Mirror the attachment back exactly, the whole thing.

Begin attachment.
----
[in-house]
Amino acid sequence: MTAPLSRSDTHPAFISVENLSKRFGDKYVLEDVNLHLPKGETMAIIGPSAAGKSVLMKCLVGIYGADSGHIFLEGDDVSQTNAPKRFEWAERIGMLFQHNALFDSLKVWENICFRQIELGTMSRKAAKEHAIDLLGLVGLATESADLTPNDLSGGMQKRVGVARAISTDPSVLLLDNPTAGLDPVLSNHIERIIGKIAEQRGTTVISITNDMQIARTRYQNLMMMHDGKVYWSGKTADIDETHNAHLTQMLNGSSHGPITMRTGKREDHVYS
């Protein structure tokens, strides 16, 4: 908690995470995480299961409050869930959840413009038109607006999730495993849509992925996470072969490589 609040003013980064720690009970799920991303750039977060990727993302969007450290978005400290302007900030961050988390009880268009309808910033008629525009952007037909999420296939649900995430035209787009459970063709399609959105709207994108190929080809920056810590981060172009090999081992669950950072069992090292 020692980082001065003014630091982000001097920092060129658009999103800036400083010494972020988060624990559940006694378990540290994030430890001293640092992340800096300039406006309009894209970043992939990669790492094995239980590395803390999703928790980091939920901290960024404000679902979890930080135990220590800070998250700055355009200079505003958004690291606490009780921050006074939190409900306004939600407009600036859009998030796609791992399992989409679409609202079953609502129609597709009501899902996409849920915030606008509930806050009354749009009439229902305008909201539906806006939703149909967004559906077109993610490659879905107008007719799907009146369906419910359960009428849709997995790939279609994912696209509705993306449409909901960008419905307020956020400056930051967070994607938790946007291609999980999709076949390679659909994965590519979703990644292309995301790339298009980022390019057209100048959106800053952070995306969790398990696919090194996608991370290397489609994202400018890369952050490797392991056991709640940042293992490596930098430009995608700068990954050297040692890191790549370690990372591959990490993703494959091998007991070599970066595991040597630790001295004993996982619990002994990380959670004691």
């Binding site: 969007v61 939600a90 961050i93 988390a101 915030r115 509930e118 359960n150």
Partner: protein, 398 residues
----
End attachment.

[in-house]
Amino acid sequence: MTAPLSRSDTHPAFISVENLSKRFGDKYVLEDVNLHLPKGETMAIIGPSAAGKSVLMKCLVGIYGADSGHIFLEGDDVSQTNAPKRFEWAERIGMLFQHNALFDSLKVWENICFRQIELGTMSRKAAKEHAIDLLGLVGLATESADLTPNDLSGGMQKRVGVARAISTDPSVLLLDNPTAGLDPVLSNHIERIIGKIAEQRGTTVISITNDMQIARTRYQNLMMMHDGKVYWSGKTADIDETHNAHLTQMLNGSSHGPITMRTGKREDHVYS
């Protein structure tokens, strides 16, 4: 908690995470995480299961409050869930959840413009038109607006999730495993849509992925996470072969490589 609040003013980064720690009970799920991303750039977060990727993302969007450290978005400290302007900030961050988390009880268009309808910033008629525009952007037909999420296939649900995430035209787009459970063709399609959105709207994108190929080809920056810590981060172009090999081992669950950072069992090292 020692980082001065003014630091982000001097920092060129658009999103800036400083010494972020988060624990559940006694378990540290994030430890001293640092992340800096300039406006309009894209970043992939990669790492094995239980590395803390999703928790980091939920901290960024404000679902979890930080135990220590800070998250700055355009200079505003958004690291606490009780921050006074939190409900306004939600407009600036859009998030796609791992399992989409679409609202079953609502129609597709009501899902996409849920915030606008509930806050009354749009009439229902305008909201539906806006939703149909967004559906077109993610490659879905107008007719799907009146369906419910359960009428849709997995790939279609994912696209509705993306449409909901960008419905307020956020400056930051967070994607938790946007291609999980999709076949390679659909994965590519979703990644292309995301790339298009980022390019057209100048959106800053952070995306969790398990696919090194996608991370290397489609994202400018890369952050490797392991056991709640940042293992490596930098430009995608700068990954050297040692890191790549370690990372591959990490993703494959091998007991070599970066595991040597630790001295004993996982619990002994990380959670004691």
């Binding site: 969007v61 939600a90 961050i93 988390a101 915030r115 509930e118 359960n150």
Partner: protein, 398 residues